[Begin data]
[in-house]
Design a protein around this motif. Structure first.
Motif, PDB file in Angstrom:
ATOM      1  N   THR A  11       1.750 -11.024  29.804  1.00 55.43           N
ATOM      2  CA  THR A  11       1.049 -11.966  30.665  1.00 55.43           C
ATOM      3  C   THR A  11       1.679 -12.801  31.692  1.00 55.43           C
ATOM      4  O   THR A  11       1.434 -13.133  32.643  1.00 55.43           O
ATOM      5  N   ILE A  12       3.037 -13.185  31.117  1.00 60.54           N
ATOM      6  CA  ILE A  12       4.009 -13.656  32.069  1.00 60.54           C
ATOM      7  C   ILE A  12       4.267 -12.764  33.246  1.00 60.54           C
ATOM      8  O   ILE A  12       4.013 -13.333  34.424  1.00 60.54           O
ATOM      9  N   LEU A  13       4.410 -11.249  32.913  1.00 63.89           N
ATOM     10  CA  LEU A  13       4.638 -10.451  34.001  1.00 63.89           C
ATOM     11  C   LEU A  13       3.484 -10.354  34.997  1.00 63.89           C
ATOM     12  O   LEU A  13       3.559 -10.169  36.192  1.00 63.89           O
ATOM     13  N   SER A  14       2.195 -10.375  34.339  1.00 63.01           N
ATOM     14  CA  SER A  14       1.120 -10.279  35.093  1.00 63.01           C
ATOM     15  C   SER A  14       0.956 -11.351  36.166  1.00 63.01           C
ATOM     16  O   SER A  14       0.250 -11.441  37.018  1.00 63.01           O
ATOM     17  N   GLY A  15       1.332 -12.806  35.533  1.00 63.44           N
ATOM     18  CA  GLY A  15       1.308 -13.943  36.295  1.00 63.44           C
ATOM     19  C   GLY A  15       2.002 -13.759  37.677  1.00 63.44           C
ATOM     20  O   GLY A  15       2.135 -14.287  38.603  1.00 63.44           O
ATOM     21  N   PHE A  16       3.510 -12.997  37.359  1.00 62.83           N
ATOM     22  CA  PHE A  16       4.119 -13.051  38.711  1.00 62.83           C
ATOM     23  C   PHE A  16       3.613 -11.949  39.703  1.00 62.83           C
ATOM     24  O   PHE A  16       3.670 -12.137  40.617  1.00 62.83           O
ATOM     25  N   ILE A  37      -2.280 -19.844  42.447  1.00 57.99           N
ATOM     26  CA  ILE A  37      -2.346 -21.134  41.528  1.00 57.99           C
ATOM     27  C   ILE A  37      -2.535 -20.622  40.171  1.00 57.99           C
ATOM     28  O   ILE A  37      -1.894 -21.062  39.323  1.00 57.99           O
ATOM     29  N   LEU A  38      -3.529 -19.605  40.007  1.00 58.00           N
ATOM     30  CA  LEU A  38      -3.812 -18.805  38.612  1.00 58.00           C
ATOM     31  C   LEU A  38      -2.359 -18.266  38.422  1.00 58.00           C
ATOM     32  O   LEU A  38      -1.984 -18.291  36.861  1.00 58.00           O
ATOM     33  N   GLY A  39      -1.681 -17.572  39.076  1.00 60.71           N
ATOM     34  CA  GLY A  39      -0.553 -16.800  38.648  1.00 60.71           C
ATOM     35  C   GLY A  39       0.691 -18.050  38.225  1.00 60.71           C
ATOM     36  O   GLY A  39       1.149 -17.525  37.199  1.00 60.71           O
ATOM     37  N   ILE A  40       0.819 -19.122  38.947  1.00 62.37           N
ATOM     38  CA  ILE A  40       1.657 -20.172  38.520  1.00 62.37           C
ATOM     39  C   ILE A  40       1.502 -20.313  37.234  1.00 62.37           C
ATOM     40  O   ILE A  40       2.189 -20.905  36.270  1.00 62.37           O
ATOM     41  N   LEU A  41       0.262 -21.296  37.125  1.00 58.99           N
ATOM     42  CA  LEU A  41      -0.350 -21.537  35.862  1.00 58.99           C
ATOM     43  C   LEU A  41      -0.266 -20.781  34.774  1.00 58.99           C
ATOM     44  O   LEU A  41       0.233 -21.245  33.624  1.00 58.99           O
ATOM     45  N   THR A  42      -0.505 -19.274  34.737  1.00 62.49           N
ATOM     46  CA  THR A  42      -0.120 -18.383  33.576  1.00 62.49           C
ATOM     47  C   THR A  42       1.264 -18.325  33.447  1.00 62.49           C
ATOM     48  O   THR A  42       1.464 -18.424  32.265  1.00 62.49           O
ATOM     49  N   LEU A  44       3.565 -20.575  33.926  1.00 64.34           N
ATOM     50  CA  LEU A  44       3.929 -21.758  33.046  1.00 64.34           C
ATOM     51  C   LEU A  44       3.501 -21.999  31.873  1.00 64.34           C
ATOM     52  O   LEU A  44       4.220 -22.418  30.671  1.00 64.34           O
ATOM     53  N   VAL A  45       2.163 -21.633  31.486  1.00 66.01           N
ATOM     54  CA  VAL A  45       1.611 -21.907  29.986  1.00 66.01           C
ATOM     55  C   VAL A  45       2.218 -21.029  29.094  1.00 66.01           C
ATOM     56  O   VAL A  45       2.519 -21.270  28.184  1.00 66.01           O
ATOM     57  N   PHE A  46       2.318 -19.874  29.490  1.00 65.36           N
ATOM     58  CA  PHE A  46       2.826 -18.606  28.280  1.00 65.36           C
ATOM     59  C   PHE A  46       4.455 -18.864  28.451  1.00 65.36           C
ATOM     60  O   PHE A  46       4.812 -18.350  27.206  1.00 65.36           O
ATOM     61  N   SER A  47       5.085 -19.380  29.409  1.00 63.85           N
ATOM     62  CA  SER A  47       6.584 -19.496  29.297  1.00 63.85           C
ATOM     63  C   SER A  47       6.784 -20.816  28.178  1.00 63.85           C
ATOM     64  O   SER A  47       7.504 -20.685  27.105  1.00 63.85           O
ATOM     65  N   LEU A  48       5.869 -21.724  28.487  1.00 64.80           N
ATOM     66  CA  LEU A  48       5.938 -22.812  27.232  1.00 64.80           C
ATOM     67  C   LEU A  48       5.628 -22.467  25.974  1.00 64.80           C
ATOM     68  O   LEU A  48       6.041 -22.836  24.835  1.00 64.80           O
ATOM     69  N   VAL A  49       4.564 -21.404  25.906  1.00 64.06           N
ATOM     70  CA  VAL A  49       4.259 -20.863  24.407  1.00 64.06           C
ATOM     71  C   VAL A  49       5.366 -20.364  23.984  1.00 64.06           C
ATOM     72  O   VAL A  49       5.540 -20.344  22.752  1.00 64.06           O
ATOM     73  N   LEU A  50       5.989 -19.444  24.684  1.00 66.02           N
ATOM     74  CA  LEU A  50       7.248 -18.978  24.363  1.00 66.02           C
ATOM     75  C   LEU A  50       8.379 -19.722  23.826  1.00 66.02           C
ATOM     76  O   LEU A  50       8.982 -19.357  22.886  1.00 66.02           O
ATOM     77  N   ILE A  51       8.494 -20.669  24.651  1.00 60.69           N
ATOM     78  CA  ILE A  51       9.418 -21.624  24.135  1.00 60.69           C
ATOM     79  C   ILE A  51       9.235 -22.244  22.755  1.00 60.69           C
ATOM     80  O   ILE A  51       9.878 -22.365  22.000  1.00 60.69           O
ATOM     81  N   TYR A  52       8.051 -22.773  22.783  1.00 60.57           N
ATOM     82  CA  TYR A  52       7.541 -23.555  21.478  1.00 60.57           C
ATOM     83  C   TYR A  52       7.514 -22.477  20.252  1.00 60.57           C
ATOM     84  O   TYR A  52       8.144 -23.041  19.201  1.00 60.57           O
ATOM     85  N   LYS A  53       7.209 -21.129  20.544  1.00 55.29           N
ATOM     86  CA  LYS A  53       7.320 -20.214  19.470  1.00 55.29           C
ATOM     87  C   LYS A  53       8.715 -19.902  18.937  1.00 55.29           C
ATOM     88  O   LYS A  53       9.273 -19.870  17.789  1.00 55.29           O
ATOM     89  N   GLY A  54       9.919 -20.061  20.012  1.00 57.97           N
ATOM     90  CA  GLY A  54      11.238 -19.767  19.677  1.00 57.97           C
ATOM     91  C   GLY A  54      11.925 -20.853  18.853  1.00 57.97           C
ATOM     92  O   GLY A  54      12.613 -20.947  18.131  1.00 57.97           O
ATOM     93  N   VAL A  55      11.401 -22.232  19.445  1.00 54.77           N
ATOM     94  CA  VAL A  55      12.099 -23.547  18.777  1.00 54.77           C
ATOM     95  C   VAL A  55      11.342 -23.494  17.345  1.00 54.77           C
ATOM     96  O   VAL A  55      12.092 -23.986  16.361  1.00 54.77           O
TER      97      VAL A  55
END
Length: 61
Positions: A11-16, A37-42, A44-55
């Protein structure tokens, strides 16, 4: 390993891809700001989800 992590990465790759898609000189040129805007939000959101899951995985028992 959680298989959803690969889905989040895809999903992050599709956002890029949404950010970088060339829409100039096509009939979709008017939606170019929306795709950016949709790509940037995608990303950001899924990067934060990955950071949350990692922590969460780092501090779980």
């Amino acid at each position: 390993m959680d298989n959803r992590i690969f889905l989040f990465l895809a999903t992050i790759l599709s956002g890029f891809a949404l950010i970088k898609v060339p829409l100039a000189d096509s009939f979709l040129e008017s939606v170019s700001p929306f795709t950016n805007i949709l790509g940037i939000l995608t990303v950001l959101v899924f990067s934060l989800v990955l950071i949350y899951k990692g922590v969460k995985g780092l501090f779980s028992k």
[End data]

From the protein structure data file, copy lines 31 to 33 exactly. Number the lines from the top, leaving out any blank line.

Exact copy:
ATOM     28  O   ILE A  37      -1.894 -21.062  39.323  1.00 57.99           O
ATOM     29  N   LEU A  38      -3.529 -19.605  40.007  1.00 58.00           N
ATOM     30  CA  LEU A  38      -3.812 -18.805  38.612  1.00 58.00           C